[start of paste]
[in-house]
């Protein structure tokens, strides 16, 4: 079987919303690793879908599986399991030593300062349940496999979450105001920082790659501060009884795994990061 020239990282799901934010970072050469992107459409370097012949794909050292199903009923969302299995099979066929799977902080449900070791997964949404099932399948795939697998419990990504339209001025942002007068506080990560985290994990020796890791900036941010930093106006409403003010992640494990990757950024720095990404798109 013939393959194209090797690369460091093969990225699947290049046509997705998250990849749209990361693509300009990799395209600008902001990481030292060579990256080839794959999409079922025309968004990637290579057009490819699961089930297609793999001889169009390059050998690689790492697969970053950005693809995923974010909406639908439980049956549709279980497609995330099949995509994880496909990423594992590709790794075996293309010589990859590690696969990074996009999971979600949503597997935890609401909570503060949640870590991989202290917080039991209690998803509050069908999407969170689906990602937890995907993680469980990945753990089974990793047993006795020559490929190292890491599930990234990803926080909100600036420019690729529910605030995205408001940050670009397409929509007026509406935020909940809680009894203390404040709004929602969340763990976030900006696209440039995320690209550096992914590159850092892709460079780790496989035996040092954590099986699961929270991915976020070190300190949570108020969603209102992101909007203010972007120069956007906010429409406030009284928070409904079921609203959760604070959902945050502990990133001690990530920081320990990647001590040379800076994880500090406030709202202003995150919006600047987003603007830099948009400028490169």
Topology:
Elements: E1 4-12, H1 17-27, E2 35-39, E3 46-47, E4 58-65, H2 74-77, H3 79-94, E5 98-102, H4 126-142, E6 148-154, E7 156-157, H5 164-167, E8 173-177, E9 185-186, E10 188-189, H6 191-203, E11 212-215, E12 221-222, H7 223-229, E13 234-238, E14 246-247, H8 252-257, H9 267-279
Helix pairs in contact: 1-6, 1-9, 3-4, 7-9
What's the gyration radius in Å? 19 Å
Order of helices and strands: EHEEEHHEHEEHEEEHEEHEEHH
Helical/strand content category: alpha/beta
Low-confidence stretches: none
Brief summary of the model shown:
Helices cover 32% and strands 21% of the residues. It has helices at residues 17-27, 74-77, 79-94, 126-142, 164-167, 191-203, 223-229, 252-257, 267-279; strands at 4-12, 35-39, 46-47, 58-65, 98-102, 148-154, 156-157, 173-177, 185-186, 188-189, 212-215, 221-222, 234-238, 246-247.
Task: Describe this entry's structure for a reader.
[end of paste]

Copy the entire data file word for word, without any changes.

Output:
[in-house]
């Protein structure tokens, strides 16, 4: 079987919303690793879908599986399991030593300062349940496999979450105001920082790659501060009884795994990061 020239990282799901934010970072050469992107459409370097012949794909050292199903009923969302299995099979066929799977902080449900070791997964949404099932399948795939697998419990990504339209001025942002007068506080990560985290994990020796890791900036941010930093106006409403003010992640494990990757950024720095990404798109 013939393959194209090797690369460091093969990225699947290049046509997705998250990849749209990361693509300009990799395209600008902001990481030292060579990256080839794959999409079922025309968004990637290579057009490819699961089930297609793999001889169009390059050998690689790492697969970053950005693809995923974010909406639908439980049956549709279980497609995330099949995509994880496909990423594992590709790794075996293309010589990859590690696969990074996009999971979600949503597997935890609401909570503060949640870590991989202290917080039991209690998803509050069908999407969170689906990602937890995907993680469980990945753990089974990793047993006795020559490929190292890491599930990234990803926080909100600036420019690729529910605030995205408001940050670009397409929509007026509406935020909940809680009894203390404040709004929602969340763990976030900006696209440039995320690209550096992914590159850092892709460079780790496989035996040092954590099986699961929270991915976020070190300190949570108020969603209102992101909007203010972007120069956007906010429409406030009284928070409904079921609203959760604070959902945050502990990133001690990530920081320990990647001590040379800076994880500090406030709202202003995150919006600047987003603007830099948009400028490169």
Topology:
Elements: E1 4-12, H1 17-27, E2 35-39, E3 46-47, E4 58-65, H2 74-77, H3 79-94, E5 98-102, H4 126-142, E6 148-154, E7 156-157, H5 164-167, E8 173-177, E9 185-186, E10 188-189, H6 191-203, E11 212-215, E12 221-222, H7 223-229, E13 234-238, E14 246-247, H8 252-257, H9 267-279
Helix pairs in contact: 1-6, 1-9, 3-4, 7-9
What's the gyration radius in Å? 19 Å
Order of helices and strands: EHEEEHHEHEEHEEEHEEHEEHH
Helical/strand content category: alpha/beta
Low-confidence stretches: none
Brief summary of the model shown:
Helices cover 32% and strands 21% of the residues. It has helices at residues 17-27, 74-77, 79-94, 126-142, 164-167, 191-203, 223-229, 252-257, 267-279; strands at 4-12, 35-39, 46-47, 58-65, 98-102, 148-154, 156-157, 173-177, 185-186, 188-189, 212-215, 221-222, 234-238, 246-247.
Task: Describe this entry's structure for a reader.